Sales territories can be a touchy topic at the office, especially if you’re looking to divide them or break them up in any way. Some people hate the idea of having to only work within a specific territory, but it’s actually quite helpful for a variety of reasons…

Possibly the most important one is that it divides a team evenly, and gives everyone a chance to get a client without poaching them from a team member. It’s also great for preventing a new hire from becoming overwhelmed with options. If someone has a starting place, it’s easier to get off the ground.

However, even within a territory, it’s still important to have proper management skills. Understanding the dynamics of your area is vital to success. Working in a predictable, detailed method not only makes you a better salesperson, it also gives you the best chance at finding people who want to be clients.

1. Move

Move around your territory. Don’t sit in your office all day, looking people and places up online and calling out of the blue. Some small businesses aren’t listed online, and you may be able to pick up tips and ideas of who needs your service by actually being out there. This also gives you a better idea of what the people in your territory need.

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Creating a sales territory for each sales person allows them to focus their efforts and get to know their potential customers on a deeper level. If you’re an Uber driver, you should know how far businesses are from the airport. If you’re a roofing contractor, you should know who experiences heavy snowfall within your sales territory. This information gives you a starting point that’s years ahead of the competition.

2. Prioritise

Accounts can often fall into one of three categories – A, B and C accounts.

      • A accounts are high volume, high profit and usually labor intensive. In business, you can almost always expect to get the highest return on your time and money from an A account.
      • B accounts are smaller, usually a bit less labour intensive and will provide some returns but not as much as the A accounts. These may also be small, ongoing accounts that are pretty straightforward and don’t require a great deal of time from you. You’ll probably get a reasonable return on these accounts, but nothing like what you would get from an A account.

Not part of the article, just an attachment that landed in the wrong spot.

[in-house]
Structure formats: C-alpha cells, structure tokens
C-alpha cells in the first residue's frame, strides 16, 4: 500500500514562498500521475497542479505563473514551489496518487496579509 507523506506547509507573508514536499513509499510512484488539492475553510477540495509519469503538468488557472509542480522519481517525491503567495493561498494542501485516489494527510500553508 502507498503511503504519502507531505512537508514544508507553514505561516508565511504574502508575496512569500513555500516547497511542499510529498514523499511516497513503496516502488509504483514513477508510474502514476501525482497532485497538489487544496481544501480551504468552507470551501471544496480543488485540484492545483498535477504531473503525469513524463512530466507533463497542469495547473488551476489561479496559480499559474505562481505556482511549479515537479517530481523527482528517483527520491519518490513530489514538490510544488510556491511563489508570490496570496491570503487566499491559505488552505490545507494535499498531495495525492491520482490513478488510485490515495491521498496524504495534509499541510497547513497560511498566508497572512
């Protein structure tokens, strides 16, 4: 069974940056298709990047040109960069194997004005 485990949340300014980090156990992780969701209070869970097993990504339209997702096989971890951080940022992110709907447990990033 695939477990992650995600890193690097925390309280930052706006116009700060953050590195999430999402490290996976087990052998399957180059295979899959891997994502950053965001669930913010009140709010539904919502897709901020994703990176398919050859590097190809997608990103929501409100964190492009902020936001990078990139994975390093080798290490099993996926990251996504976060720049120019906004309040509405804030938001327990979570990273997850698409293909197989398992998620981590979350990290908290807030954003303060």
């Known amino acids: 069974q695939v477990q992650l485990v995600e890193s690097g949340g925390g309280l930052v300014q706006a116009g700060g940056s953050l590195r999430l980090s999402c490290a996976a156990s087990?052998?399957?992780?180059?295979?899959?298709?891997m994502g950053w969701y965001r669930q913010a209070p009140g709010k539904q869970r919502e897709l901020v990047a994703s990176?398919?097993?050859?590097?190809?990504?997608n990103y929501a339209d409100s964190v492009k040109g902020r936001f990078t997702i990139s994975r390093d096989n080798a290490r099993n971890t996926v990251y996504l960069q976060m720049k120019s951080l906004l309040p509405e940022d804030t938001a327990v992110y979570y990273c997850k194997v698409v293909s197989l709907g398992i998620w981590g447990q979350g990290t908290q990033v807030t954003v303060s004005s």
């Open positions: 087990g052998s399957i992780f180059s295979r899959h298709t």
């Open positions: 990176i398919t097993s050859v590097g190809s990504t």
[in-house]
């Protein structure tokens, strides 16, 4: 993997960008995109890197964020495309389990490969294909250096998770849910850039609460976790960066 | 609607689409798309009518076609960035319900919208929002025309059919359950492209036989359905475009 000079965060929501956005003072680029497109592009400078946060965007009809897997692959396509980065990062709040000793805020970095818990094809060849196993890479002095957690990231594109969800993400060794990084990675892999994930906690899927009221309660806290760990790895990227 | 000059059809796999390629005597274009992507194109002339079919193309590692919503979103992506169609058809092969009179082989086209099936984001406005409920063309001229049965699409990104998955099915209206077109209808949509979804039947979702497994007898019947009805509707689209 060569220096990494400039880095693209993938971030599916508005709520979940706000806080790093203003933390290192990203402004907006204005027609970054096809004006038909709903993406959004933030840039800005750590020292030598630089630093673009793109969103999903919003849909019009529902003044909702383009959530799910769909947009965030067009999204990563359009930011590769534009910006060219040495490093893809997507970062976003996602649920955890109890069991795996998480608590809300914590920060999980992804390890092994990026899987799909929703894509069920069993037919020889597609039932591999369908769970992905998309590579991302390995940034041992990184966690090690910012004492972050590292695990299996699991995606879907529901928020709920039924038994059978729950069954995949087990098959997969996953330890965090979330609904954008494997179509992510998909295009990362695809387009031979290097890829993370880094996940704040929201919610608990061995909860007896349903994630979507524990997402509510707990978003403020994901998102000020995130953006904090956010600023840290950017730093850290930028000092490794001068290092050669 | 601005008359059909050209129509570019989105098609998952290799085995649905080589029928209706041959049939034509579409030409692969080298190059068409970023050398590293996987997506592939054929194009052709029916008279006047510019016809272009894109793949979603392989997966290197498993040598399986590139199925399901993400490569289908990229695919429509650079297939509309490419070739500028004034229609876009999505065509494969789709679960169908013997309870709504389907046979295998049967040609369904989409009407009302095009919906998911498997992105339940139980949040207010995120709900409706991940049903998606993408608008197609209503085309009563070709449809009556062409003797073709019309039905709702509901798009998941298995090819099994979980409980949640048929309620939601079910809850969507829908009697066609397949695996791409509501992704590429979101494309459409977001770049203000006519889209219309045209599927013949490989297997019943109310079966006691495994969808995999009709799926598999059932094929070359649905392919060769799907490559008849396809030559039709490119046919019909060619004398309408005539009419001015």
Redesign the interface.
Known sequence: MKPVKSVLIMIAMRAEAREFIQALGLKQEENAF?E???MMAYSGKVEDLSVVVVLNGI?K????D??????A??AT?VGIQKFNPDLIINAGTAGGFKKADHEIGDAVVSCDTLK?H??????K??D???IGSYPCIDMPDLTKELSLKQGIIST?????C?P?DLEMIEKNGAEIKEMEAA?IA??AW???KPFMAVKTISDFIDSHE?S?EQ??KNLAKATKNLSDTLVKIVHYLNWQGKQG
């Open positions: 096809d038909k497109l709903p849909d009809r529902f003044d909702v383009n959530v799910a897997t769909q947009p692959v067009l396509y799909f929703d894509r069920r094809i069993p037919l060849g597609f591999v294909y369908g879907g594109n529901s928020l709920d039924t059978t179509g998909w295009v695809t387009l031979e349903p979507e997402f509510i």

• C accounts are small, quick and can often be one-time deals. They may also be medium-sized accounts that have gotten excessively complicated or difficult to work with. Of course you’ll receive returns from them, but this is on the lower end.

Based on this, it’s smart to give the most attention to your A accounts. Don’t sacrifice the quality of the others, but your A accounts should be more challenging and require more time. Give them priority in your territory and you’ll see a high return.

3. Work it

Here, “it” refers to the relationships you create with other people and businesses in your territory. You’ll form relationships with clients in your A, B and C accounts. Leverage those relationships! If you’ve done your job well, your clients will be more than happy to spread the word about how you helped, but you may well need to ask them.

If you’ve done your job poorly, clients will also be more than happy to tell you all about how you let them down. It’s a bummer, but it’s also a great opportunity to learn from your mistakes, if you can handle it. You’ll not only know what to correct in the future, but you might also be able to prove to someone that you deserve a second chance.

4. Time management

Avoiding the paperwork isn’t good for anyone – not you, your clients, your team or your company. You won’t get paid without the paperwork. There are lots of ways to do it, but it’s common to break your day or week up into segments that allow you to handle the non-selling aspects of sales.

Scheduling your calendar is as simple as relegating emails to a specific hour, and checking into complicated customer complaints only after a specific time. You may want to change it up and only do proposals after you’ve reached a certain number on the wait-list.

5. Big-picture thinking

As a salesperson, your job is to create business. You bring business to your company, you create better business for your clients and you solve the problems that might otherwise close a company. Your ability to be knowledgeable both in your field and the fields you work with are paramount. It not only gives a good impression of your company and lands you a sale, but it also gives a good impression of you as a person.

Remember, sales is about relationship-building and problem-solving. Your goal is to help people. Keep that as your objective and the rest will fall into place.